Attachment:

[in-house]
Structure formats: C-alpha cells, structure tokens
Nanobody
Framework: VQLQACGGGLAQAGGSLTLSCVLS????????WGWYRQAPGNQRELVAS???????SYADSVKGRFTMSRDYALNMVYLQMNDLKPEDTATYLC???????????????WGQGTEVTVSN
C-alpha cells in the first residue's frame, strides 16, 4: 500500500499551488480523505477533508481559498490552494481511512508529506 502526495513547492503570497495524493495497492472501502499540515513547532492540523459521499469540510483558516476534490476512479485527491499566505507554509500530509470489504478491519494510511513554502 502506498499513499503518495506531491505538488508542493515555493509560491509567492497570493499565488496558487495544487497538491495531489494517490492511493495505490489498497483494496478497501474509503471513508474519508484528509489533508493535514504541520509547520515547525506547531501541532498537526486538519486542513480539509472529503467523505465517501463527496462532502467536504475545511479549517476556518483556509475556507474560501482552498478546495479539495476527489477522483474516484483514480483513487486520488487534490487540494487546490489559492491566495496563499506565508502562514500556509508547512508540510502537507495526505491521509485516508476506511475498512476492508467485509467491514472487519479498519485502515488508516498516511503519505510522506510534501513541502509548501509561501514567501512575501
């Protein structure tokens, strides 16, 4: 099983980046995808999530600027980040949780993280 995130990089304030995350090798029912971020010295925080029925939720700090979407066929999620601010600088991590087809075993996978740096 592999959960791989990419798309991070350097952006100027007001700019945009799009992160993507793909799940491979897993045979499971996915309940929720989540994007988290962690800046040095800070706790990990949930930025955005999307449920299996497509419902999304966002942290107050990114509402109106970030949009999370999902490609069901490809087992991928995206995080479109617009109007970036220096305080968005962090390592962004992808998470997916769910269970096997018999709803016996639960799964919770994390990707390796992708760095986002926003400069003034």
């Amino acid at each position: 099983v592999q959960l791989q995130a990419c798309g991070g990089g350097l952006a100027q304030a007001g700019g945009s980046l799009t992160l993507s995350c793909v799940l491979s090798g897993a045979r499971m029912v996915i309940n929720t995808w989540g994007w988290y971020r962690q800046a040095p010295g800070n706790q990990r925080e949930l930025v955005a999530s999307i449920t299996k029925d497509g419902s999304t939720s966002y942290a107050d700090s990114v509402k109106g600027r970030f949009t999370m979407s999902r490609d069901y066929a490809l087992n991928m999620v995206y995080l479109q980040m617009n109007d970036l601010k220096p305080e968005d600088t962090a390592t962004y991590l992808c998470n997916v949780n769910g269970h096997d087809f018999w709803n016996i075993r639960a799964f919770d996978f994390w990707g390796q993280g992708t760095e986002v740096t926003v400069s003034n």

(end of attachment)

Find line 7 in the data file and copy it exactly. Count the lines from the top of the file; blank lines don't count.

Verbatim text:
């Amino acid at each position: 099983v592999q959960l791989q995130a990419c798309g991070g990089g350097l952006a100027q304030a007001g700019g945009s980046l799009t992160l993507s995350c793909v799940l491979s090798g897993a045979r499971m029912v996915i309940n929720t995808w989540g994007w988290y971020r962690q800046a040095p010295g800070n706790q990990r925080e949930l930025v955005a999530s999307i449920t299996k029925d497509g419902s999304t939720s966002y942290a107050d700090s990114v509402k109106g600027r970030f949009t999370m979407s999902r490609d069901y066929a490809l087992n991928m999620v995206y995080l479109q980040m617009n109007d970036l601010k220096p305080e968005d600088t962090a390592t962004y991590l992808c998470n997916v949780n769910g269970h096997d087809f018999w709803n016996i075993r639960a799964f919770d996978f994390w990707g390796q993280g992708t760095e986002v740096t926003v400069s003034n």